easily. This capability should be put into the user interface to encourage people to 
exchange information. A Dynamic Folder could be "exported" or made available 
to those that know about it, or "advertised" by adding it to a directory of services. If 

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it is entered into a directory (which is just another information server) then an 
English description of the folder should be included. 

An information server is probed by putting it in the sources section of the 
folder's charter. These servers can be varied in size, content, and location. Using 
content navigation and Dynamic Folders we have an metaphor for accessing 
many types of information servers. 

B. Examples of Infonnation Servers 

Information servers, in the broadest sense, answer questions on a 
particular subject on some network. Electronic networks have been used for years 
to distribute information in this way. Some of the servers that are available on 
local area networks have been: 

File serving 


Compute servers (such as supercomputers) 


Mail services and archives 

Bboard services 

Modem pools 

Shared databases 

Text searching and automatic indexing 

CD-ROM servers 


Dictionary lookup 

User's locations (finger) 


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Wide area networks open up other possibilities for other services. Some 
services will be offered because they are expensive to offer on a local basis, because 
it requires some special expertise or machinery, or because it is used infrequently 
on a local basis. Examples of wide area services that could be offered: 

Current newspapers and periodicals 

Movie and TV schedules with reviews 

Bulletin boards and chat lines 

Archive searching through public databases 

Hobby specific information (ie sports scores or newletters) 

Mail order shopping services 

Banking services 

Talk services, bboard, and party line styles 

Directory information (both online sources and Yellow Pages) 

Scientific papers 

Government databases, such as patents, congressional record, and laws. 

Library catalogs (eg. OCLC) 

Weather predictions and maps 

Usenet and Arpanet articles 

Maps with driving directions included 

Software distribution 

Remote conferencing 

Voice mail 

Music and video archives 

Pizza ordering 

What services will be popular or commercially successful can only be 

C. Navigating through the "Directory of Services" 

The Directory of Servers is an information server maintains a database of 
available servers and how they are contacted. Like the white pages of the phone 
system the directory should be easy and cheap to use and include everyone. 
Equally important, this directory is easy to add to. Thus, people with something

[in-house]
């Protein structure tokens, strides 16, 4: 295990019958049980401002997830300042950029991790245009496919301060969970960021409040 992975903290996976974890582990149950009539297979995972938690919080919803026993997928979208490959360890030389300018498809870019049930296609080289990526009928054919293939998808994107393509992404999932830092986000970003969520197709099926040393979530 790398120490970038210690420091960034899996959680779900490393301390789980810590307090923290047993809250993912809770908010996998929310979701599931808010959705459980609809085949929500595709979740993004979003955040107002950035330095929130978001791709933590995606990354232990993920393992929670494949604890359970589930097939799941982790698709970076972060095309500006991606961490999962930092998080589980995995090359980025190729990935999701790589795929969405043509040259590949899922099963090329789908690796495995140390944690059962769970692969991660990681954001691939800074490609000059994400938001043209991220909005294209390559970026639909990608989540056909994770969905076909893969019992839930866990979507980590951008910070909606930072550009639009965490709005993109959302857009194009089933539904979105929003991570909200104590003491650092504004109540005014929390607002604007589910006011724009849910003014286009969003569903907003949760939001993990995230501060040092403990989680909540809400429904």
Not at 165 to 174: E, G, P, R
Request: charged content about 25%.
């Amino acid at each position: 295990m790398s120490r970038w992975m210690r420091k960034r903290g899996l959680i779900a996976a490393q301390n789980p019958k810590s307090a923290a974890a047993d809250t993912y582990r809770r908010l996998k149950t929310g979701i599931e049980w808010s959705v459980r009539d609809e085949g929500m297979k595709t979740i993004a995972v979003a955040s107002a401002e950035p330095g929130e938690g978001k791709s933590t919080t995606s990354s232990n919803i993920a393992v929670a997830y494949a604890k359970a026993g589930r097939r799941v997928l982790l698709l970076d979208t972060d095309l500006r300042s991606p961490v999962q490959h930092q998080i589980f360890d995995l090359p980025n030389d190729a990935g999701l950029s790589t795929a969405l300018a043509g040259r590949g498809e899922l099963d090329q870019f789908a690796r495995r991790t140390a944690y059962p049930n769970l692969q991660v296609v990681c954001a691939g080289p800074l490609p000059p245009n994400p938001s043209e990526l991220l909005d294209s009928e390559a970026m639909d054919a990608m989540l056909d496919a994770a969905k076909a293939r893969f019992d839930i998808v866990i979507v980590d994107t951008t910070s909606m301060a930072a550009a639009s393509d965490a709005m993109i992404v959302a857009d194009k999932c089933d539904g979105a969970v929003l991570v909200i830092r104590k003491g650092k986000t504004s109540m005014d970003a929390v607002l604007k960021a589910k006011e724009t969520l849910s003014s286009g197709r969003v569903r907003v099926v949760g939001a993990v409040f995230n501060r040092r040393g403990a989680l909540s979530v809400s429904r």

interesting to offer are encouraged to add their service to the directory. 

A directory entry, however, should give enough information to understand 
what the service is and how to connect to it. This entry is similar to a yellow- 
pages entry in the phone book since the goal is to advertise the service. A directory 
entry includes: 

(1) Description of server in English, 

(2) the parent server if it is a subsidiary of a larger server, 

(3) related servers, 

(4) public encryption key, and 

(5) contact information including networks and contact points, 

(6) cost information. 

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A local workstation would keep extra information such as: 

(1) locally determined "score" reflecting usefulness 

(2) subscription information (if any), 

(3) user comments, and 

(4) time of last contact. 

This information would be used to help determine when and if the server should 
be contacted, and how the responses should be handled. 

Navigating in the sea of servers to find new servers can be done using the 
content navigation technique. In this way a question on classical music would 
retrieve documents as well as directory entries. This could be done by storing the 
directory entries on the local disk (in the cache) and accessing it just like local 
documents based on the appropriateness of the description. Thus retrieving the 
document would show all the directory information. In that way, a user that is 
unaware of a certain server would be presented with a description of that server 
with a listing of its hits for the current question so that s/he could effectively 
evaluate its potential value of the server. If the server is added to the list of servers 
for that viewer, then it would be queried in the future. 

Maintaining an up-to-date list of services in the cache naturally falls out of